These actions taken in the first “window” might have pressured the Assad regime, lent some credibility to the SOC leaders that met with the President and high-level officials, created space for a more open and fair process for the inevitable election, and provided U.S. support throughout Lebanon’s presidential deliberations.

Instead, on Syria, the administration used the month mainly to shift rhetoric and policy from a humanitarian to counterterrorism narrative. This strategy might influence U.S. public opinion on U.S. engagement, but a counterterrorism policy on Syria requires greater cooperation with the Assad regime, arguably more so than a humanitarian approach already does. The Assad regime understands this well; the current events unfolding in Iraq only support Assad’s narrative in this regard.

While Assad's elections may have been “a great big zero” to the United States and many in the international community, they were not insignificant. Assad managed to reassert himself in Syria, reinsert himself in Lebanon and redefine his image as protector against increasing terrorism. The elections became a successful public relations tool for Assad and his backers, especially since they went uncountered by countries like the United States. Iran and Hezbollah have already cast it as not only a presidential win, but a win of the war.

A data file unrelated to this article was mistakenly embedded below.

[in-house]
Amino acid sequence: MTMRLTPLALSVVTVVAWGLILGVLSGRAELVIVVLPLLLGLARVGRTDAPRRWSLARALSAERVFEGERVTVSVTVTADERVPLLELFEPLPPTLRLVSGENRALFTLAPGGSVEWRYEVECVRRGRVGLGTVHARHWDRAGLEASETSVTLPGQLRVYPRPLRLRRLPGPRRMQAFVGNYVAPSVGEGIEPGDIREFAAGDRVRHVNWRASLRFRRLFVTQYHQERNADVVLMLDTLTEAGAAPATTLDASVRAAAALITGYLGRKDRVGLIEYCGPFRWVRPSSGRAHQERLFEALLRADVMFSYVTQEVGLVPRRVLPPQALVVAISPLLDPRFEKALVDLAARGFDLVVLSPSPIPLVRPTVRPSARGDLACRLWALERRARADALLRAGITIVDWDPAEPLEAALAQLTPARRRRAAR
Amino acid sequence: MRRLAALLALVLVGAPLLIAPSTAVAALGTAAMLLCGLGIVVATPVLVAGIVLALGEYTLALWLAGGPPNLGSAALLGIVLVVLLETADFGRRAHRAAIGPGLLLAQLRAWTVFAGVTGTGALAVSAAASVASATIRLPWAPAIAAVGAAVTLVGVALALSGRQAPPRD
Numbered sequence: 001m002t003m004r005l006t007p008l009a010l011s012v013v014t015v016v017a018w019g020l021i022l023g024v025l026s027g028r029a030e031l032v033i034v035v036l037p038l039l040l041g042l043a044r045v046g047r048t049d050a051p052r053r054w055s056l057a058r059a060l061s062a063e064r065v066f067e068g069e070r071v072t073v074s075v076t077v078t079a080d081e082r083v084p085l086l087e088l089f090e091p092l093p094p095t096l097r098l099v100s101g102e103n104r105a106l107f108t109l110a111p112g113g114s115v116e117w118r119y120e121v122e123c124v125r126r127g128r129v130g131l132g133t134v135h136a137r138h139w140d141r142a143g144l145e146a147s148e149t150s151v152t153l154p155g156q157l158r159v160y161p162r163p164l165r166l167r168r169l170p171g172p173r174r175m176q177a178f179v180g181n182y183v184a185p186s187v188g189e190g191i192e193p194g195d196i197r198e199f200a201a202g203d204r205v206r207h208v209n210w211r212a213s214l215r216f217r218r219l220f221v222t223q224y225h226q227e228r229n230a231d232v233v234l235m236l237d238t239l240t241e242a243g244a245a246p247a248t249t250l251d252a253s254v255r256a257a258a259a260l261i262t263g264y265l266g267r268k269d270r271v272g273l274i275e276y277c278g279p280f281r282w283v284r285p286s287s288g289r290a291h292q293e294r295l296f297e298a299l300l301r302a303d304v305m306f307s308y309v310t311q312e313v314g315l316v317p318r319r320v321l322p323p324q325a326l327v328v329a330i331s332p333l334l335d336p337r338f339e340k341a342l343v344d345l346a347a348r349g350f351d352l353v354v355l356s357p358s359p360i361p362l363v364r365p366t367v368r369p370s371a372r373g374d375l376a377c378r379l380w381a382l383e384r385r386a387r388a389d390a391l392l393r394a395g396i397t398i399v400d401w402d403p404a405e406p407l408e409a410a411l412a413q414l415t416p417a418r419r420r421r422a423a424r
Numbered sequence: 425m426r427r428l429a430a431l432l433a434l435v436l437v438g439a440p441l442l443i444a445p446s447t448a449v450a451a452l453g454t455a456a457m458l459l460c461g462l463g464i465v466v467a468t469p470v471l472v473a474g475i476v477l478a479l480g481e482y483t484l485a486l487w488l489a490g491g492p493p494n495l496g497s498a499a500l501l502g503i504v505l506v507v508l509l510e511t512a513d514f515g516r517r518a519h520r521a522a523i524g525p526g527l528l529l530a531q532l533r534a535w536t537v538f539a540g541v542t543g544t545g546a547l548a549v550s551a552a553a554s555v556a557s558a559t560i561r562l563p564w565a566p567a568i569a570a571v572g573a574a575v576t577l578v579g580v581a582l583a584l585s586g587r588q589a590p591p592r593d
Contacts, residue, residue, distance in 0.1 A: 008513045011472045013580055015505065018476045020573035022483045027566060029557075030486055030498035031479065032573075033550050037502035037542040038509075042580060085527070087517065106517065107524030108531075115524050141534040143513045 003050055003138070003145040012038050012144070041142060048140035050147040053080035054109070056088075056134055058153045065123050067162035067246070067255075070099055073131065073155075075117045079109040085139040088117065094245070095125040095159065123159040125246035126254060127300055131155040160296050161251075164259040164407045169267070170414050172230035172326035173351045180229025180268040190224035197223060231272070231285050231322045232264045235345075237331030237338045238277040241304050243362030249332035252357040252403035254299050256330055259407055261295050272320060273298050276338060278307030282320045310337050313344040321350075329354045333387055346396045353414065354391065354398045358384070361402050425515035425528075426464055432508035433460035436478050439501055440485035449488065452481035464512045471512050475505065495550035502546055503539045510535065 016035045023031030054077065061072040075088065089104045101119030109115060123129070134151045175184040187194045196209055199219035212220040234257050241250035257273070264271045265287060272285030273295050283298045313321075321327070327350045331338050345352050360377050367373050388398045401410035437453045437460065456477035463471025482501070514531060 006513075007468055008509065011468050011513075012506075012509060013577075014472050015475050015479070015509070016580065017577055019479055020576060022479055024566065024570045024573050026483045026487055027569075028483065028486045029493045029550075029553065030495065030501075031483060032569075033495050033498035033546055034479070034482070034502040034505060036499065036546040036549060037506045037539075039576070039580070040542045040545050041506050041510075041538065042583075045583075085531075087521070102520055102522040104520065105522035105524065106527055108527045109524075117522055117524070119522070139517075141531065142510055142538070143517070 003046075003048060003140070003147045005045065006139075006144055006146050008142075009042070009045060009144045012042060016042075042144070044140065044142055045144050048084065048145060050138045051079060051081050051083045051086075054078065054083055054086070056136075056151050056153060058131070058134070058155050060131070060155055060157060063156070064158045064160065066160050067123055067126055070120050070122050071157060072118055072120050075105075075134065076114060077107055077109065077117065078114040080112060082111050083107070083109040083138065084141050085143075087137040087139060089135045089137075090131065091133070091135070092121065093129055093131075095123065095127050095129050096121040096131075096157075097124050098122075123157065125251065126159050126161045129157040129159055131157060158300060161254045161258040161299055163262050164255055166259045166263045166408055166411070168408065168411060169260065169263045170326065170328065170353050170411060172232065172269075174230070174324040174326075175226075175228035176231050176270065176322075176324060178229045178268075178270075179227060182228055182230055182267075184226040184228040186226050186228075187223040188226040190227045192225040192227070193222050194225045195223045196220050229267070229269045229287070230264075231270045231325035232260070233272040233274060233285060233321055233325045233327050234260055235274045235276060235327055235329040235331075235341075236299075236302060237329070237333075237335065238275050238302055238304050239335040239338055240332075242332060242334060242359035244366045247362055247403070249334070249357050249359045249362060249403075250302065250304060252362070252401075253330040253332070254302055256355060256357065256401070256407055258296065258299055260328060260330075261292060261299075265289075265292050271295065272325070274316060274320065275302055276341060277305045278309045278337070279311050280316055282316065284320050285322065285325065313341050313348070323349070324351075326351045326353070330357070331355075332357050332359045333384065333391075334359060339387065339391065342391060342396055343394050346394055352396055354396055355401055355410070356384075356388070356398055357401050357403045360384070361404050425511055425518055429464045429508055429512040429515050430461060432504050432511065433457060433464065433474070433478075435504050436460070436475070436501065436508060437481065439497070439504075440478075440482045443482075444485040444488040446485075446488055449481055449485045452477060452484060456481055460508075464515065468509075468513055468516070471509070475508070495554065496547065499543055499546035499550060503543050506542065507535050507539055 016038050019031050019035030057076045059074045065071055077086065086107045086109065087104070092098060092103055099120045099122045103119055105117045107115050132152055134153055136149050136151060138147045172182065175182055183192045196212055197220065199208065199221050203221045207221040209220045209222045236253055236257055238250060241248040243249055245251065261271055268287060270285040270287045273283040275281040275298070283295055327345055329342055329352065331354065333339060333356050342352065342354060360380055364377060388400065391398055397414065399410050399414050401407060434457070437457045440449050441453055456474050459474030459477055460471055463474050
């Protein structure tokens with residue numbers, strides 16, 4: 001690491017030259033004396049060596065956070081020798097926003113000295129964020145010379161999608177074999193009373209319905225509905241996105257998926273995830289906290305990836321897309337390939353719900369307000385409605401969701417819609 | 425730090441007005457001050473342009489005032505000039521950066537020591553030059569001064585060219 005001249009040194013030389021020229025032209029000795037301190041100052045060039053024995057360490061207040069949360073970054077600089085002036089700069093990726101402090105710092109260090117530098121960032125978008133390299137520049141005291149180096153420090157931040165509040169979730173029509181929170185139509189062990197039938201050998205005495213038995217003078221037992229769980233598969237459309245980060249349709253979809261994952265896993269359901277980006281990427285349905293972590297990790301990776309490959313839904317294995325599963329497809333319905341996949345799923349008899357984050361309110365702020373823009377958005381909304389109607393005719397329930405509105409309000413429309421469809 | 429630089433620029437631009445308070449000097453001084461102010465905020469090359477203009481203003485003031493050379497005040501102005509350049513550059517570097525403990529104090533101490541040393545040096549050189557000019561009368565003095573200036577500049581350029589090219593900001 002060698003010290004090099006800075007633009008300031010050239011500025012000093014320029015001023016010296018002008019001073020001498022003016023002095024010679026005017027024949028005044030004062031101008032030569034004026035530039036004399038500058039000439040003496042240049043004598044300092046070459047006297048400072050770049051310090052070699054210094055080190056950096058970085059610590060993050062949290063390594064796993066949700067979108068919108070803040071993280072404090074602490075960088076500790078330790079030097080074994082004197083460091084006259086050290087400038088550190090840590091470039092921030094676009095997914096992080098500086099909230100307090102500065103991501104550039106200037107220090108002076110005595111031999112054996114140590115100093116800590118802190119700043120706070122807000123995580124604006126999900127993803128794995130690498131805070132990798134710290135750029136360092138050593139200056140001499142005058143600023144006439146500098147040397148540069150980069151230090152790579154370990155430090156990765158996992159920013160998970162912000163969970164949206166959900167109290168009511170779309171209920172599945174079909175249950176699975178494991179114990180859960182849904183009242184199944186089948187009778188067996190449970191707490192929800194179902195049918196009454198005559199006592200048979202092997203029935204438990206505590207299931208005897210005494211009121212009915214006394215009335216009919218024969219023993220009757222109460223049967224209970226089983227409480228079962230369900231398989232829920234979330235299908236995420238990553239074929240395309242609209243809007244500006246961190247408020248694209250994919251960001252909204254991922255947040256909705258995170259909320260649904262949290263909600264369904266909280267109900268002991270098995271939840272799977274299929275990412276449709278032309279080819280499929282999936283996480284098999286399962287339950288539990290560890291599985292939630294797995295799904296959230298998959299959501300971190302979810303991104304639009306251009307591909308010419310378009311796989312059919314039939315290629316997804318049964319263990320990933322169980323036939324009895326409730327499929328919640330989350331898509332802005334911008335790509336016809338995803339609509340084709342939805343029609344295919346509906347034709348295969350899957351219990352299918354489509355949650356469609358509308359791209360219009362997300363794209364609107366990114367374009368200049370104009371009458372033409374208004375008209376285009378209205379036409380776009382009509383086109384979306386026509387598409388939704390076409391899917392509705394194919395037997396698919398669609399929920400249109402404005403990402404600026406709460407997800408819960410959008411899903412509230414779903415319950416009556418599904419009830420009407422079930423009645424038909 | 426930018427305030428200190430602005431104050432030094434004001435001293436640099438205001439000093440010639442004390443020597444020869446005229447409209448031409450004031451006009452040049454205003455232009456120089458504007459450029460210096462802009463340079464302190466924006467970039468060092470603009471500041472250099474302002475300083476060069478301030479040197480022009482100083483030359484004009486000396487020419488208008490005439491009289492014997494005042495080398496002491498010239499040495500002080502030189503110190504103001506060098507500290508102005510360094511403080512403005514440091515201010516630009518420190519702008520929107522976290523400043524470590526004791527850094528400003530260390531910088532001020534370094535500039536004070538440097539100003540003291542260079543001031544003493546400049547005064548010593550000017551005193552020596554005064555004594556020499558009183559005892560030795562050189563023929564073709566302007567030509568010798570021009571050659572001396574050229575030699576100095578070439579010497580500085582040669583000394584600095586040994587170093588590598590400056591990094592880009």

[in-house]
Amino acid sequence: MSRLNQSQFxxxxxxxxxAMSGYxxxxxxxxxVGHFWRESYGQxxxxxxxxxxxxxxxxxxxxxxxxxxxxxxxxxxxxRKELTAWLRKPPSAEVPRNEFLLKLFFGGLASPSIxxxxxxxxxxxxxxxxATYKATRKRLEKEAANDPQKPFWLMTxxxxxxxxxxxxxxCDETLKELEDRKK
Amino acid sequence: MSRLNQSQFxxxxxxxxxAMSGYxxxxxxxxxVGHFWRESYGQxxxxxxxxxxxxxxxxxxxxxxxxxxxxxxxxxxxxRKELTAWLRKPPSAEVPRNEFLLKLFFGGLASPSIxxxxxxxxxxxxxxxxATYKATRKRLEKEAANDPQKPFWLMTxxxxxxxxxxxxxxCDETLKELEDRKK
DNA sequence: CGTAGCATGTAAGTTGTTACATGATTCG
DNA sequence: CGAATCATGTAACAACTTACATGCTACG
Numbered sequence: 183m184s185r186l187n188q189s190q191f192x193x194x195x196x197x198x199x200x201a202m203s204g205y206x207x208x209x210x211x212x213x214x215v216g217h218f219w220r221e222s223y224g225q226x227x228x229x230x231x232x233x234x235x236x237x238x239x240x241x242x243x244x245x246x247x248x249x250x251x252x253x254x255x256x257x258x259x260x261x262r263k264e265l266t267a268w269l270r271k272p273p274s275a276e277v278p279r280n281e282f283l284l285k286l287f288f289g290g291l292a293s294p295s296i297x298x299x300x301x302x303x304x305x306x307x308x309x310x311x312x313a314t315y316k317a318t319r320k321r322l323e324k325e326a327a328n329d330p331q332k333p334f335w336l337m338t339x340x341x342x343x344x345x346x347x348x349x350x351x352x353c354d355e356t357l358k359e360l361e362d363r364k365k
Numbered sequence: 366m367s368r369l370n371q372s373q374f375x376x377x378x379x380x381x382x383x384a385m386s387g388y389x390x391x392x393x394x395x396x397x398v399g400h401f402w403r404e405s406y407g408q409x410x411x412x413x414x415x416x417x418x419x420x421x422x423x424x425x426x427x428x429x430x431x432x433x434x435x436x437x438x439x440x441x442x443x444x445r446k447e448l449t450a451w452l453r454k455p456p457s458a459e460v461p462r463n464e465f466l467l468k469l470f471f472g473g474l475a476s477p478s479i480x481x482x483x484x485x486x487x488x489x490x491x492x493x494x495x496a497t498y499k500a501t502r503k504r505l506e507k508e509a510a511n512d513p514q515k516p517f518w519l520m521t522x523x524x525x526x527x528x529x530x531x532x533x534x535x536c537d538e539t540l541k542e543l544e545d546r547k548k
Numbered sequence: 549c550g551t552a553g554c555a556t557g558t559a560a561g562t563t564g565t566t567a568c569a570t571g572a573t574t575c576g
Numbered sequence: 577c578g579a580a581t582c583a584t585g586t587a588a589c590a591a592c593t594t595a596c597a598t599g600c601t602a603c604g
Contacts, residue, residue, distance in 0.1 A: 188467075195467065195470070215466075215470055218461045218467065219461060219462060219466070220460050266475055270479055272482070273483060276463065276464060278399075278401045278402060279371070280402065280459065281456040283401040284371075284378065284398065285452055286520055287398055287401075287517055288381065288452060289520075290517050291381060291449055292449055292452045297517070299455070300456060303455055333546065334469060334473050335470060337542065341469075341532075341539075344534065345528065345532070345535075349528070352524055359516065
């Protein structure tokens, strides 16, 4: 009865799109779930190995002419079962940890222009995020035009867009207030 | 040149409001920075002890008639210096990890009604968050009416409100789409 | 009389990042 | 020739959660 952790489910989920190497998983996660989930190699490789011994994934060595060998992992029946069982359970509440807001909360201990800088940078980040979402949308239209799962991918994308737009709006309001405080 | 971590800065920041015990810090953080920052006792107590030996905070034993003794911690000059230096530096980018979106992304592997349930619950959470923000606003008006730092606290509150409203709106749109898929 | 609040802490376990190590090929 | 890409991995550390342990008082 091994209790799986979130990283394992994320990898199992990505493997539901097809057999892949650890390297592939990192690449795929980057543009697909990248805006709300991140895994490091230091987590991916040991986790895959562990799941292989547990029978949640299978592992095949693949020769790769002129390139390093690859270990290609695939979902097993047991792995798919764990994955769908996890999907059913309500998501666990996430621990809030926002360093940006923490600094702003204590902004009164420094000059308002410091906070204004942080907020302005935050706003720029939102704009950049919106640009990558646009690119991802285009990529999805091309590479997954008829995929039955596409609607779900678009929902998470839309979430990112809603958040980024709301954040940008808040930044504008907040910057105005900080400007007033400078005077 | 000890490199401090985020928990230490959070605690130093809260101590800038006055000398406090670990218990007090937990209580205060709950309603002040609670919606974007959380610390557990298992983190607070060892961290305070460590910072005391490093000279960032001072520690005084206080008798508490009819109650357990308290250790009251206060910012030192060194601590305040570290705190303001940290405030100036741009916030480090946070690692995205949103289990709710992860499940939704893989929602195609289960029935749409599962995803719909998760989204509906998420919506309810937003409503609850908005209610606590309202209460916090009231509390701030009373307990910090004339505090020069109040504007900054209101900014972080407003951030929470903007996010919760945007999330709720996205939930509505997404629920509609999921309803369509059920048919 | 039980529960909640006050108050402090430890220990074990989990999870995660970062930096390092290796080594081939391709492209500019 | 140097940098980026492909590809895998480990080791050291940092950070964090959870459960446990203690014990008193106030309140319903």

In Lebanon, the United States also held back during the first “window” and adopted a policy of “no international interference” regarding Lebanon’s presidential election. While great in principle, especially given the long history of international coordination and regional consolidation over a consensus president and the need to bolster Lebanese sovereignty, it proved to be an unrealistic effort that in part contributed to Lebanon's failure to elect a president.

Every day without a president in Lebanon makes it more likely that Iran and Saudi Arabia will become more essential to their constituents in Lebanon. Assad’s influence over Lebanon’s electoral politics (insignificant before his election) has already increased – he recently announced his support for candidate Michel Aoun, allowing Hezbollah and the March 8 Alliance to solidify and consolidate their demands.